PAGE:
Never Say Newark?


For a few years now, Newark has been an oft-proposed alternate destination for the Nets if their controversial move to Brooklyn ever falls through. The Prudential Center, which opened in 2007 as the new home for the New Jersey Devils – who had toiled alongside the Nets at the inaccessible and undesirable Izod Center in East Rutherford, NJ, for years – has been received warmly by attendees and is just a short walk away from Newark-Penn Station, providing access from both New York and New Jersey.

The Nets have always been coy about these proposals, which have been made from a wide-range of sources, including diehard New Jersey-based fans, opponents of the Brooklyn plans, and politicians like Newark Mayor Cory Booker. A lot of time, energy and most importantly money, has been spent on trying to making the Brooklyn Nets a reality. Publicly being open to a “Plan B,” while “Plan A” is under assault in the court of law and the court of public opinion, would be a poor strategic decision for ownership, which is currently trying to amass financing before the end of the year to qualify for tax-exempt bond status.

Or so we thought. While ownership is still publicly saying “Brooklyn or bust,” the team has agreed to play two preseason games at the Prudential Center over the next two weeks, including the first of two tomorrow night against the Cetics. And last week, the organization held its “Netstoberfest,” a free pep rally, at the Prudential Center rather than in Brooklyn or at the Izod Center.

“We’re promoting our preseason games in Newark,” a Nets spokesman told the Bergen Record last week about all of the Newark events.

Regardless of their public positions about Brooklyn and Newark, the Nets organization shouldn’t be surprised that they opened themselves up to scrutiny. On Wednesday, opponents of the Atlantic Yards Development will have their day in New York State’s highest court, as they argue the planned use of eminent domain by the developer to build the prospective Barclays Arena in Brooklyn. While some are painting this hearing as the “last stand” of sorts for the opposition, there is no indicator that this will be the last legal block thrown at Nets ownership in their quest to land in Brooklyn. In fact, quite the contrary. Next on the legal itinerary is a lawsuit that claims a state development board failed to do due diligence before approving the Atlantic Yards plans, the New York Post reported last week.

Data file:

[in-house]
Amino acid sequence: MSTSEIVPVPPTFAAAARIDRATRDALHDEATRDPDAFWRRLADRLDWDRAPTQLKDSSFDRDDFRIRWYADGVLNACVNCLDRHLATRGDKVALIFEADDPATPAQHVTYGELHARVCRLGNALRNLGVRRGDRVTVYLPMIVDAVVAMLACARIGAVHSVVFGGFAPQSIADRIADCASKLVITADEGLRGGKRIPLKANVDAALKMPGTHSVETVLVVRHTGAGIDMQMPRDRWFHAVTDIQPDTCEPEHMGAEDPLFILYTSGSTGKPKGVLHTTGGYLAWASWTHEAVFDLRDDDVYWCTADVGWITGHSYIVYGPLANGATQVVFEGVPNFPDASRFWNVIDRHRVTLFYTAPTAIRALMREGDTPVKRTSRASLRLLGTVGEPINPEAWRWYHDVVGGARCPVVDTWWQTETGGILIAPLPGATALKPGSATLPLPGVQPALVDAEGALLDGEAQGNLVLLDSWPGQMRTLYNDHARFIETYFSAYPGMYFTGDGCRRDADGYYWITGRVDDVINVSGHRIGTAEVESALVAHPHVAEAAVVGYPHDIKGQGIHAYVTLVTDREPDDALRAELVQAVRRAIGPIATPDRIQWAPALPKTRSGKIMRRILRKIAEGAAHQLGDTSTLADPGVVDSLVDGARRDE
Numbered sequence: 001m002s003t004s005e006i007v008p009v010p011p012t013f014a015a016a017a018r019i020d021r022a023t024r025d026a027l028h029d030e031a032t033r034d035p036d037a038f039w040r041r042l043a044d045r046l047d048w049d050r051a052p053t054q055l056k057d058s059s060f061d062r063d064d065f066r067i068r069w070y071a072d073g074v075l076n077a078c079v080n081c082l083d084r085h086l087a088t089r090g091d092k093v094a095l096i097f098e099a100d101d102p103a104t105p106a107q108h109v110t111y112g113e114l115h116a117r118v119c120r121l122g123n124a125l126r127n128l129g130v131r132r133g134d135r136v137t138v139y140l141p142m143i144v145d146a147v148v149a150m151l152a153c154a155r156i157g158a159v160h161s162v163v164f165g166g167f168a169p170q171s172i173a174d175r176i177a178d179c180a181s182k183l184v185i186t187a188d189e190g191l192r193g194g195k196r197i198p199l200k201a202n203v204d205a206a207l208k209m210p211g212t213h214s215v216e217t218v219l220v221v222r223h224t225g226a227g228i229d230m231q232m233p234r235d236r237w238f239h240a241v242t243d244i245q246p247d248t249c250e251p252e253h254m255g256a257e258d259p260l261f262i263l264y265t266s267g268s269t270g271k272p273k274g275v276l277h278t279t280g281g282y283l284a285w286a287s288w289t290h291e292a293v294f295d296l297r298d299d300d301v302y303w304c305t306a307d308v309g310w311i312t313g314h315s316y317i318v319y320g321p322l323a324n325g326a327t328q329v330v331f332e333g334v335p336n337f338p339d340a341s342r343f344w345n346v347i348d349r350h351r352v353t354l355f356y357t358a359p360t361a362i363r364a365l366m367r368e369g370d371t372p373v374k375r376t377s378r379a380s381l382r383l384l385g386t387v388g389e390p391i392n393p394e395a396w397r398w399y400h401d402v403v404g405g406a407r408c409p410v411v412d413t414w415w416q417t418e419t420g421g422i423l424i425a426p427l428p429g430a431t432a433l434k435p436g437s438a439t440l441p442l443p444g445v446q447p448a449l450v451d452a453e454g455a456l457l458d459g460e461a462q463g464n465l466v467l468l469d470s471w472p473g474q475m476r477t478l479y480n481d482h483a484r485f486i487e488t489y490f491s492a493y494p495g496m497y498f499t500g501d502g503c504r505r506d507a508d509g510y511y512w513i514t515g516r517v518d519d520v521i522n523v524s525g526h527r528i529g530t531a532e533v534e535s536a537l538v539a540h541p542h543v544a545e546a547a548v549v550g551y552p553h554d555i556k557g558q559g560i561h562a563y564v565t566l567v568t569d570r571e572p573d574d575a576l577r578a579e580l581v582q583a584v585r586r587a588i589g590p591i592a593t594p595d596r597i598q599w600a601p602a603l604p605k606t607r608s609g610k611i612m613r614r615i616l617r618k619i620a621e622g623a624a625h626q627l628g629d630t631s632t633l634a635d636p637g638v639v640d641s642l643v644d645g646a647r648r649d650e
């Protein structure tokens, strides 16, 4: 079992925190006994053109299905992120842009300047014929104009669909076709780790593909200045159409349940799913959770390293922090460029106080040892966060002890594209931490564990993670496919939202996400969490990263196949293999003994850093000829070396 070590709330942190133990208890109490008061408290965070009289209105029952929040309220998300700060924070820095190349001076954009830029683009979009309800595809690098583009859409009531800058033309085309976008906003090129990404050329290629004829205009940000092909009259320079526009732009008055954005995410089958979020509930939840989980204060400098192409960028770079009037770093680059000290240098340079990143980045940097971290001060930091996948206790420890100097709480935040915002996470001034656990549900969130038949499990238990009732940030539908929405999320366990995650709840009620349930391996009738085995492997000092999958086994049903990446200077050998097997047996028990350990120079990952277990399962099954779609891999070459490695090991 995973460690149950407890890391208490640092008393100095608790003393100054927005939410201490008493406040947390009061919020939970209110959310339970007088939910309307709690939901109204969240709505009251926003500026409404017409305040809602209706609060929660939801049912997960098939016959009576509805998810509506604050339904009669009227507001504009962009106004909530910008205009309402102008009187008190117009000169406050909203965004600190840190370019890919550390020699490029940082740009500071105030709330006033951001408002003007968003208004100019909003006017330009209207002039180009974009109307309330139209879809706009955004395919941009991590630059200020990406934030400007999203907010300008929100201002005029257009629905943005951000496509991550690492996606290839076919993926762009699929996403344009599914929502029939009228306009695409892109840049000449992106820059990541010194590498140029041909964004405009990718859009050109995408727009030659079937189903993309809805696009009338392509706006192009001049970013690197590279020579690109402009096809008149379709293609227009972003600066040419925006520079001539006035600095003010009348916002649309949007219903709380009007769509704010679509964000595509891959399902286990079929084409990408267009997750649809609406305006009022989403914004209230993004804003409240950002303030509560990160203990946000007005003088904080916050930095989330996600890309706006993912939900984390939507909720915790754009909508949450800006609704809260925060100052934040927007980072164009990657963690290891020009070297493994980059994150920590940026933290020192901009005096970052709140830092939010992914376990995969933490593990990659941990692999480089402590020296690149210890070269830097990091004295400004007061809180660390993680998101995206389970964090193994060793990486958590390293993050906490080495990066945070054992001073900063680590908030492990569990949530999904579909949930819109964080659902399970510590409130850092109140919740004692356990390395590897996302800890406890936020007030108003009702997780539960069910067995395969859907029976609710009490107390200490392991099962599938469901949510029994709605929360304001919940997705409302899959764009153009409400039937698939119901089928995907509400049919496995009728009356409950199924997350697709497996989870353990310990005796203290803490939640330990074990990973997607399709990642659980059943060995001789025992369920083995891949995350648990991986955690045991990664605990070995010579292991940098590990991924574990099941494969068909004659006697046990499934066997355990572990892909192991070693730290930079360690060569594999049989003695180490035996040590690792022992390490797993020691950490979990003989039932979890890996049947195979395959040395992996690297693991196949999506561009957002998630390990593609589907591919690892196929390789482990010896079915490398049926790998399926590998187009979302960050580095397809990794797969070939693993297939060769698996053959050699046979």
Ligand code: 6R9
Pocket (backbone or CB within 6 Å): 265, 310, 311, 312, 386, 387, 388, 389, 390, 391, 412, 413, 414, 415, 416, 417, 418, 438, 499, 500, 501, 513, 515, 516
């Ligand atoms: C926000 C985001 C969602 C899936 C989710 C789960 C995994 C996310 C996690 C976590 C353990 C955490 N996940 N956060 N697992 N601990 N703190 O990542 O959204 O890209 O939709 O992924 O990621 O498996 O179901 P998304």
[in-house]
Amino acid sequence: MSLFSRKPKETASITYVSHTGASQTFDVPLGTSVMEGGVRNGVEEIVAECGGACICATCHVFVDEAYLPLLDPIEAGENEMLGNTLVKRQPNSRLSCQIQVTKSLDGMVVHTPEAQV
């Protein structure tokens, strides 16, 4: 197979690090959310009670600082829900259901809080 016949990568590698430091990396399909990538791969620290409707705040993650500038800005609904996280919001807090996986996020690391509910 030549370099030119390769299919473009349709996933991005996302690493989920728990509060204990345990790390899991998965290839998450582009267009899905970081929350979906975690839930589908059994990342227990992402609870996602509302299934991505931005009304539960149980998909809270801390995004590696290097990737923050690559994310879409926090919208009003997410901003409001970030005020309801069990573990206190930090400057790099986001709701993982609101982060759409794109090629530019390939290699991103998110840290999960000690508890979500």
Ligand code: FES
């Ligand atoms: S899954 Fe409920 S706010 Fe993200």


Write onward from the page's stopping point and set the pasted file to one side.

So while it’s seemingly the intention of the Nets ownership, and the NBA as a whole to have basketball in Brooklyn, I think it’s appropriate to wonder how playing two, otherwise harmless, typically under-the-radar preseason games in Newark could potentially affect the course of this long-planned and long-stalled real estate move to Brooklyn. Opponents have been fighting the Brooklyn move for years and show no signs of letting up. Russian billionaire Mikhail Prokhorov has signed a letter of intent to take a majority stake of the team, but how much of that ultimately hinges on the move to Brooklyn? Meanwhile, the New Jersey Devils have watched their attendance go up nearly 11 percent since they moved to Newark. Walking through New York’s Penn Station the other day, there were a stream of blue Rangers jerseys headed towards Madison Square Garden, and another line of red Devils jerseys headed towards NJ TRANSIT. I don’t think I’ve ever seen that on days when both the Knicks and Nets were at home.

There are a number of reasons Newark won’t and shouldn’t happen. The league doesn’t want it. NBA basketball has already proven to be a failure in New Jersey. Why would the league approve a reshuffling of the same deck? Also, the Nets would be beholden to the Devils, an organization they’ve had some heat with in the past, in order to share the space. Why do that when they can have their very own space in Brooklyn, or perhaps, elsewhere?

But there’s basketball being played in Newark this week, and ownership is still fighting lawsuits preventing ground from being broken in Brooklyn. As long as those two things coincide, the question will inevitably be raised and the possibility still exists, regardless of the organization and the league’s ultimate intent.